Youth Initiatives Virtual Meeting I, 20 February 2017


Youth IGF Initiatives

- Virtual Meeting I: 20 February 2017 –




1. The first virtual meeting focused on the Youth IGF initiatives took place on Monday, 20 February 2017 at 15:00 p.m. UTC.

2. The meeting was hosted by Ms. Anja Gengo from the IGF Secretariat. This Summary Report will reflect the main key points raised during the meeting.

3. The agenda is attached to this document as Annex A1 and a list of Meeting Participants as Annex A2. Annex A3 includes a list of other relevant documents, as referenced in this report.



Introductions and Agenda adoption

4. Participants introduced themselves stating if and how are they affiliated with the NRIs, and the related Youth activities. The full list of participants is available as Annex A1.  

5. The Host shared the agenda with everyone, that was fully endorsed and unanimously adopted. Agenda is attached as Annex A2.


Purpose of the meeting and overview of the current practice

6.  As many of the NRIs recognized the importance of initiatives that are focused on young people within the substantive discussion on Internet Governance they run, the IGF Secretariat decided to facilitate the process of conducting rounds of public consultations among the NRIs in regards to this matter. The first in a defined cycle of virtual meetings aimed at gathering information, that further will be subject for analysis of the NRIs, and developing relevant standards.

7. The IGF Secretariat looked into the existing practice on the initiatives focused on young people, where four existing models were identified, and as such illustrated and presented at the meeting (see Annex A3.1). These were the following:

- Model I: Youth IGF initiatives attached to the NRIs (as separate tracks);

- Model II: Independently organized Youth IGF initiatives;

- Model III: Capacity building projects on Youth participation at the IGF, and

- Model IV: Youth Initiatives integrated into the NRIs (as advisors on planning/organizing sessions and/or speaking in sessions).

8. After this, the present coordinators were invited to explain their internal organization, and how do they related to adhering the main IGF principles.

9. On behalf of the Asia Pacific regional Youth IGF initiatives (YIGF [AP]) and the Youth initiative of Hong Kong (HKYIGF), the coordinator shared the presentation (attached to this report as Annex A3.2). The main key points shared were as it follows in a summary below:

a) It was explained that the YIGF [AP] is organized in parallel with the Asia Pacific regional Internet Governance Forum (APrIGF). It was established in 2010 year.

b) Young people are also involved in the process of planning the program of the APrIGF through the Multi-Stakeholder Steering Group (MSG).

c) The MSG is also focusing on exploring the best ways for integrating the young people into its annual meeting’s sessions.

d) It was noted that this Youth IGF initiative is bottom up, as it was initiated by the Youth group, NetMission Ambassadors. Its multistakeholderism comes from the fact that the MSG of the APrIGF advises on the ways the programme should be run. All records for this initiative are publicly available through their website, as transparency and openness are one of the key principles they follow.

e) This initiative welcomes all students to attend, free of charge.

f) The programme is built by the young people. The format of the sessions and related activities tends to be adjusted to fit and empower youth, so many simulation sessions are organized, as an interesting way for learning.

g) It was stressed that the young people should be more integrated into the NRIs annual meetings, as active participants.

h) Regarding the HKYIGF, it was explained that the community that attended the 2015 APrIGF expressed the need for stronger youth engagement in this region.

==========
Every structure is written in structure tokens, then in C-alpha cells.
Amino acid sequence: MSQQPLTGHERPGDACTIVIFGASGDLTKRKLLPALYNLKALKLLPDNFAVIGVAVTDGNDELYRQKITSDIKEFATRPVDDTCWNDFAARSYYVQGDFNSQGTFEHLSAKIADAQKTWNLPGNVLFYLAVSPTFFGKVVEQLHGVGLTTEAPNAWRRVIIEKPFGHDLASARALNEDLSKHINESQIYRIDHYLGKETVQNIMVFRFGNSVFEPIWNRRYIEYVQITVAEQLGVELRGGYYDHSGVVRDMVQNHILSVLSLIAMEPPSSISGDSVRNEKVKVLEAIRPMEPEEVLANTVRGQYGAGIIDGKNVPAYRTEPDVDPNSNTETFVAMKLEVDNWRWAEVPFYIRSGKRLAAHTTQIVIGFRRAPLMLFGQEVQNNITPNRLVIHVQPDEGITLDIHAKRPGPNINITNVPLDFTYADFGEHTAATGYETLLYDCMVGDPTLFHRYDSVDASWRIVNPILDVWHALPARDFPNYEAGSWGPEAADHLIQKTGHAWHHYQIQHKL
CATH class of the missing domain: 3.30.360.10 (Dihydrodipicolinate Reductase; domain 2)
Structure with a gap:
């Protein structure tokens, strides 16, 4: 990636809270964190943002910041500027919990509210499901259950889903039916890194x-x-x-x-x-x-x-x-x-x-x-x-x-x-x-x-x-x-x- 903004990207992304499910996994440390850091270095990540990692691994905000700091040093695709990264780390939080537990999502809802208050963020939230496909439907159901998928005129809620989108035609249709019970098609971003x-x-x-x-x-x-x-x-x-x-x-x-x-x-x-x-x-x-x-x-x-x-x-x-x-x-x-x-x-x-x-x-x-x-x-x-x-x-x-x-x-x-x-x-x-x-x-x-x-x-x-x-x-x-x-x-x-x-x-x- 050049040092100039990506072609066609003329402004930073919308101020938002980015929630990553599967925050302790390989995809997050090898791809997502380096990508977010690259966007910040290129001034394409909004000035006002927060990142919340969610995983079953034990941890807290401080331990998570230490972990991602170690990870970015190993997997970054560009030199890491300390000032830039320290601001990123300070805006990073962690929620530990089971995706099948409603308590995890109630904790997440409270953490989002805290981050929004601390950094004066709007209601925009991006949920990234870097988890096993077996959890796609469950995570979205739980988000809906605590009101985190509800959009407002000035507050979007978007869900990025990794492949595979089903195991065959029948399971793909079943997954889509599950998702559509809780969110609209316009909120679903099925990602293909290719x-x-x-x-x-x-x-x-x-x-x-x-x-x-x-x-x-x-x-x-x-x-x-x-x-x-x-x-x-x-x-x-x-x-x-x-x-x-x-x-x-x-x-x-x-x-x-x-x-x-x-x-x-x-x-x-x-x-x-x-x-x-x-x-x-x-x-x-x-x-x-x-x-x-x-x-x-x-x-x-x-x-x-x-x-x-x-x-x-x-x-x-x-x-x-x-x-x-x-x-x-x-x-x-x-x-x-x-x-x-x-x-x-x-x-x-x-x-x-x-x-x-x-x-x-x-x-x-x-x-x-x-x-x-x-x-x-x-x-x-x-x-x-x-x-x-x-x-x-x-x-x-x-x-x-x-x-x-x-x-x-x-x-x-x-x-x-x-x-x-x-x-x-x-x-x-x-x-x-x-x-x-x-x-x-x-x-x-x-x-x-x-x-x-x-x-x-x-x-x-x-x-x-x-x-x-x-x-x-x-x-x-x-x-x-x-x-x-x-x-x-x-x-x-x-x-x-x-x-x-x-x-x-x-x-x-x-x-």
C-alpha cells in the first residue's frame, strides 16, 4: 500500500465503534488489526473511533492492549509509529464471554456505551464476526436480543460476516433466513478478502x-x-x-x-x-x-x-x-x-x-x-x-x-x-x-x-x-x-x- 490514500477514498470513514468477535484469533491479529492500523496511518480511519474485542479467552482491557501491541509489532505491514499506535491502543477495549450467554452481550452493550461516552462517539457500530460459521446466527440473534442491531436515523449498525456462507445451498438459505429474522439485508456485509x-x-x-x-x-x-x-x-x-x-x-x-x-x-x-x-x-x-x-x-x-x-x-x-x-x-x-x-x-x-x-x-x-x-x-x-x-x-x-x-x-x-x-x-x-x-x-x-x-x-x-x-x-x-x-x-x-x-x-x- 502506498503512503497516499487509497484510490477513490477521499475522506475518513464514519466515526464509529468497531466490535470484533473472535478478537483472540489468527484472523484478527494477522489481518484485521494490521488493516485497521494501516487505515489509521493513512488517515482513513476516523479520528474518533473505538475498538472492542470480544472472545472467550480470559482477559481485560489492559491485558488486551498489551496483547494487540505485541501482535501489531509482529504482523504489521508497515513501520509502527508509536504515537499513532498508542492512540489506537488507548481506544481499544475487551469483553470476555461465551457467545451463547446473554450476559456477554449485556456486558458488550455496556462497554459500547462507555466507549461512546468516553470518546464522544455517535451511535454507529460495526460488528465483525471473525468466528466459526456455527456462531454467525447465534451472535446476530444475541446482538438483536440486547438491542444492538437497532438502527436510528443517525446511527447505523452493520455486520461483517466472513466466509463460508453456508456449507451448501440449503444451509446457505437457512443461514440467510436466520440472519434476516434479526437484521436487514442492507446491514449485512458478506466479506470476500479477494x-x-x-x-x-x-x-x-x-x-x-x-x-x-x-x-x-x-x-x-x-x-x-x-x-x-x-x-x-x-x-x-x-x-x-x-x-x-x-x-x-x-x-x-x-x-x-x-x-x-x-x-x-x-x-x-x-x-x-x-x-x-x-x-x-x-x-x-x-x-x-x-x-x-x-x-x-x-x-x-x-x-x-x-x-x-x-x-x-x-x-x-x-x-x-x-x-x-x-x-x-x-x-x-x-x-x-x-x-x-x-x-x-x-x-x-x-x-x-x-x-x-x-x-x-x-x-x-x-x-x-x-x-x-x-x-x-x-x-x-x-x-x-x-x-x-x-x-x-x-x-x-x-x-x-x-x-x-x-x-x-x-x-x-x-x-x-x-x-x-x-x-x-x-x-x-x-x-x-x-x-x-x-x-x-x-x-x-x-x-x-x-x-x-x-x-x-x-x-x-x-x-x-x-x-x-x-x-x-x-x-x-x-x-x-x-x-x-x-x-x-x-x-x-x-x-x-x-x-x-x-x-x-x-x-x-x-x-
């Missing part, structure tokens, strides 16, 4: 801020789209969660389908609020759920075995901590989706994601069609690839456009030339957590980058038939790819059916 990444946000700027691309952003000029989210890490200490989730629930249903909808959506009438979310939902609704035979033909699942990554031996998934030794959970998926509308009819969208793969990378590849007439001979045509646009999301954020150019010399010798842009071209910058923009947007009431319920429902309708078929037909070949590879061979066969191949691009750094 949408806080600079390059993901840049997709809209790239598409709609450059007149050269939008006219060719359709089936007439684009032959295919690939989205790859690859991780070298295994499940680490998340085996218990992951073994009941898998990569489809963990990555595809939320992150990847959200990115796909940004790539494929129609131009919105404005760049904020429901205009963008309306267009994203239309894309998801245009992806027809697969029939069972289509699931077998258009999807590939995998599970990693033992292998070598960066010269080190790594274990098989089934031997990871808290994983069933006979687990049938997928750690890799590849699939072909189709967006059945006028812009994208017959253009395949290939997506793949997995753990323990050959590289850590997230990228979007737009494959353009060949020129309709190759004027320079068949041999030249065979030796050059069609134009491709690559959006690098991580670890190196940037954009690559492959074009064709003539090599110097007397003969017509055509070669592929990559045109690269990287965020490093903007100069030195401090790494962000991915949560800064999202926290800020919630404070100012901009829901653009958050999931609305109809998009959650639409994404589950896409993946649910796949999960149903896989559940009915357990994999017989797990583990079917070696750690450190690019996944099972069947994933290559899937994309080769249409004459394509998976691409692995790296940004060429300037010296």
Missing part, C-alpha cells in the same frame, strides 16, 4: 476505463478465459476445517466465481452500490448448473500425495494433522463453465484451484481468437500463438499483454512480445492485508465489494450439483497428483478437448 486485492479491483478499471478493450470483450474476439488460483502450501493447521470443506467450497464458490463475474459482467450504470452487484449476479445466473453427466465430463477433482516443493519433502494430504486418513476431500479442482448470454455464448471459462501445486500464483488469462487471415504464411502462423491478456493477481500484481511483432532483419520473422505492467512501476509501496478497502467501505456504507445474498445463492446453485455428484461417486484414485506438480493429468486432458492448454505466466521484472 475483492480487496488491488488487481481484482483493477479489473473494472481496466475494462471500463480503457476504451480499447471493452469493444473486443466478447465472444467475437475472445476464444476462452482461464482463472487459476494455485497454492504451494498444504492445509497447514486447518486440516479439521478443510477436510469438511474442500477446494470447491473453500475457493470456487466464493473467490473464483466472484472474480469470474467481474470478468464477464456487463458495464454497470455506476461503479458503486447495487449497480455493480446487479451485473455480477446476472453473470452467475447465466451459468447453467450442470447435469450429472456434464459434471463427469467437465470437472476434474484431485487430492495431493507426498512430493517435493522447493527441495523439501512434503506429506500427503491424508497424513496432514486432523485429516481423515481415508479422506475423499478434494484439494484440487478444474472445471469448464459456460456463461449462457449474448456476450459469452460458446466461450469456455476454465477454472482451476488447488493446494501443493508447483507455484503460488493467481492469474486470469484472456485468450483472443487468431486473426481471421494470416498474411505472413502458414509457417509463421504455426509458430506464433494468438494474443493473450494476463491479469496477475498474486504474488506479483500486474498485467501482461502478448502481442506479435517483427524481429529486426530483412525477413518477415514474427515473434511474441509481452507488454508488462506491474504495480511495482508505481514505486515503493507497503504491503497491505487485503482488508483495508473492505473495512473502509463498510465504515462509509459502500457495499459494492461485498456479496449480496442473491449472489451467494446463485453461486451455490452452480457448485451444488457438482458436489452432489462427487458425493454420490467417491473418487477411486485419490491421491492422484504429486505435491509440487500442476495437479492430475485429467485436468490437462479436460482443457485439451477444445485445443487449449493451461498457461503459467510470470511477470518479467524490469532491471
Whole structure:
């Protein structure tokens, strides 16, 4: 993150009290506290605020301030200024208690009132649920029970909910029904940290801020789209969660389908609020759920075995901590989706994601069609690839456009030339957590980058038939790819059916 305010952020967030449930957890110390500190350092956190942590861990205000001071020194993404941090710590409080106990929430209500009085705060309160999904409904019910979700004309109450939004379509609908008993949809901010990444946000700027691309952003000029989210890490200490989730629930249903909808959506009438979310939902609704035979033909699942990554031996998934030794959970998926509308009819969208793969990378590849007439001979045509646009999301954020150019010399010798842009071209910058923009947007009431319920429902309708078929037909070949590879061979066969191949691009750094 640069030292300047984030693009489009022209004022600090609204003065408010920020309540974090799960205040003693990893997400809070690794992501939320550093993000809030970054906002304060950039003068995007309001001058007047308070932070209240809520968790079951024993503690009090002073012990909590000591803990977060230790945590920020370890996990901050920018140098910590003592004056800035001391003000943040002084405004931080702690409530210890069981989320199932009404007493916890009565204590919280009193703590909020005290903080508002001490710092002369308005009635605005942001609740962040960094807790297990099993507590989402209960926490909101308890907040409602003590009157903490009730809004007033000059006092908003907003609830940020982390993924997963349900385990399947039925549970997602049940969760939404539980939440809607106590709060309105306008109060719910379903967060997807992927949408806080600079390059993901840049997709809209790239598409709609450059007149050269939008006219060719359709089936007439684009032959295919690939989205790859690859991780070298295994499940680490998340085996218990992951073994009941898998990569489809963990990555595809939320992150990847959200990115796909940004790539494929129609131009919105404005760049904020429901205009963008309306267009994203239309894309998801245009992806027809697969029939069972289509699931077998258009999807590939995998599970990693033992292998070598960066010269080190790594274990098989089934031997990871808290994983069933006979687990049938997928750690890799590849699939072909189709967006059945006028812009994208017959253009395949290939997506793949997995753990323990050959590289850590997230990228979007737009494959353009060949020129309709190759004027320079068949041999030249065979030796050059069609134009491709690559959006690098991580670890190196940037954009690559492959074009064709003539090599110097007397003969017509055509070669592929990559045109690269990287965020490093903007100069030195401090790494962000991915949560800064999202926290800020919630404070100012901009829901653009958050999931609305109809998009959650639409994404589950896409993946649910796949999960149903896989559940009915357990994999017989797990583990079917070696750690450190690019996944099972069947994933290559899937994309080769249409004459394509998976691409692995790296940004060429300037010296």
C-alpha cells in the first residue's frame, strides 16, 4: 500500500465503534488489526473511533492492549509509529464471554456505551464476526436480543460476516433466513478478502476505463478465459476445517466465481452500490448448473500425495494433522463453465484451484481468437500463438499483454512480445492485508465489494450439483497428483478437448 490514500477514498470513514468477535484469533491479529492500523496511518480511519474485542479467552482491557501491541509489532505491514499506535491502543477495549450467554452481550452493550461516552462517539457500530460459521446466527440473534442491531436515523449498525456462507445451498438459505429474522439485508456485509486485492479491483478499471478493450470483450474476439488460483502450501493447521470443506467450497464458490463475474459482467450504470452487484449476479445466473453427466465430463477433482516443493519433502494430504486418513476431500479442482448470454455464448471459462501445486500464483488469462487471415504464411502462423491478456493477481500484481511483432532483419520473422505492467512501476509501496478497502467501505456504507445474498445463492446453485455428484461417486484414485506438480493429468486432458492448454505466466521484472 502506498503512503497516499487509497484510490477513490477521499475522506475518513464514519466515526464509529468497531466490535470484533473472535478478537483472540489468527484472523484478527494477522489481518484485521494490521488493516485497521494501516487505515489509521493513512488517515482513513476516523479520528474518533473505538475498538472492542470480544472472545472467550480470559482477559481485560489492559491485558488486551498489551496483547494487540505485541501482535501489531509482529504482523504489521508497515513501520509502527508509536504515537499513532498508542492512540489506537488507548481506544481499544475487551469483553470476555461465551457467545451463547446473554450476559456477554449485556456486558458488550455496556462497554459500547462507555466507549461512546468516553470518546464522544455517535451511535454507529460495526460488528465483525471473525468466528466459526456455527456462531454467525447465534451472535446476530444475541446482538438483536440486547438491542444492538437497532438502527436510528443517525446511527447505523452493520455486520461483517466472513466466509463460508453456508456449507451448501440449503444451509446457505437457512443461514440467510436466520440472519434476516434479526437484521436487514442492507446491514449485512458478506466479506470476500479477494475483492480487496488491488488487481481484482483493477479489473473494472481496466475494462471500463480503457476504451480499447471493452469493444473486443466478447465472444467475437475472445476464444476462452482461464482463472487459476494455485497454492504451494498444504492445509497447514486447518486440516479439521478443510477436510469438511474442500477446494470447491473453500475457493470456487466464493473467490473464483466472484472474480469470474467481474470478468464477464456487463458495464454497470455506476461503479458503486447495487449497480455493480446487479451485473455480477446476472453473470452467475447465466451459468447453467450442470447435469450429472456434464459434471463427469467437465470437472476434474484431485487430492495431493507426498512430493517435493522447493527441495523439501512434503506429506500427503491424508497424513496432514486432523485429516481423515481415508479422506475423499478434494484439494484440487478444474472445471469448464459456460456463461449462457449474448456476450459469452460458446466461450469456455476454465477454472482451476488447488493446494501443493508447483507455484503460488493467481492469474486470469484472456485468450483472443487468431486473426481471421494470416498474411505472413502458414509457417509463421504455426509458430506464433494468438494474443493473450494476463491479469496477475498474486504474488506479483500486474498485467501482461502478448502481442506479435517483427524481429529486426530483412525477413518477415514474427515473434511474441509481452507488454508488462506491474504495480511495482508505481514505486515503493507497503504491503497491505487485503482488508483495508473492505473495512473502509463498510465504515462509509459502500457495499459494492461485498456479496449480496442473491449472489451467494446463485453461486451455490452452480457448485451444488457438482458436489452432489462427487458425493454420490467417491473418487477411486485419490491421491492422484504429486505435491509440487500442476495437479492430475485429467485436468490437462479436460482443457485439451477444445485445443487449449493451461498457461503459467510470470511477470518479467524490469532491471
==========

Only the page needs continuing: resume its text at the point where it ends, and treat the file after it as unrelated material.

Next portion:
i) As there is not a local IGF in this region that could facilitate the process, three different stakeholders from the Internet Governance field have formed the multistakeholder Organizing Committee. The program involved the 3-days long camp on Internet Governance, along with the Youth Summit and other segments of the Youth Empower programme. Facilitators of the entire programme are young people.

j) The major outcomes of these events are shared with the wider IGF community, through the submission of the final reports to the IGF Secretariat.

10. On behalf of the Youth IGF initiative of Germany, the coordinator shared the following information:

  1. This initiative was organized by and for the young people. It has its own budget, and does not depend on the national IGF of Germany.
  2. However, they tend to create linkages with the German national IGF, by delegating two young persons to be on the Steering Committee of this respectful initiative.

11. By elaborating on the Model III, a coordinator of a capacity building programme identified as: ‘’The European Youth IGF Project’’ explained  the goals and operating principles of this initiative as it follows:

  1. The work scope of this project reaches to: Austria, Netherlands, Germany and Turkey. In Germany and Netherlands, they cooperate with the national IGFs of these countries, with the aim of educating and training people on the field of Internet Governance.
  2. It was noted that the German Youth IGF could stand as a reference model, as it is independent, where young people are developing the programme and managing the meeting(s).
  3. All stakeholders are invited to these events, to speak with the young people on particular topic. Currently, this initiative is creating a booklet where learned lessons will be published.

12. From the Bangladesh Youth IGF initiative, the coordinator shared the information that ten young people organized this event, that was supported by the 2016 MAG member from this country, as well as the local ISOC chapter and the Youth IGF Movement. The total number of participants was twenty-five, mostly students from different universities and with different backgrounds.

13. In regards to the Model IV, the coordinator of the German national IGF shared a couple of inputs, stemming from their experience in involving the young people:

  1. The practice where young people were given their own panel, has turned to be ineffective. The main reason was because the participants, especially the ones that do not fall under the youth age scope, were not interested in attending the panel.
  2. The above caused this initiative to change the policy, and allow the young people to be full members of the Steering Committee.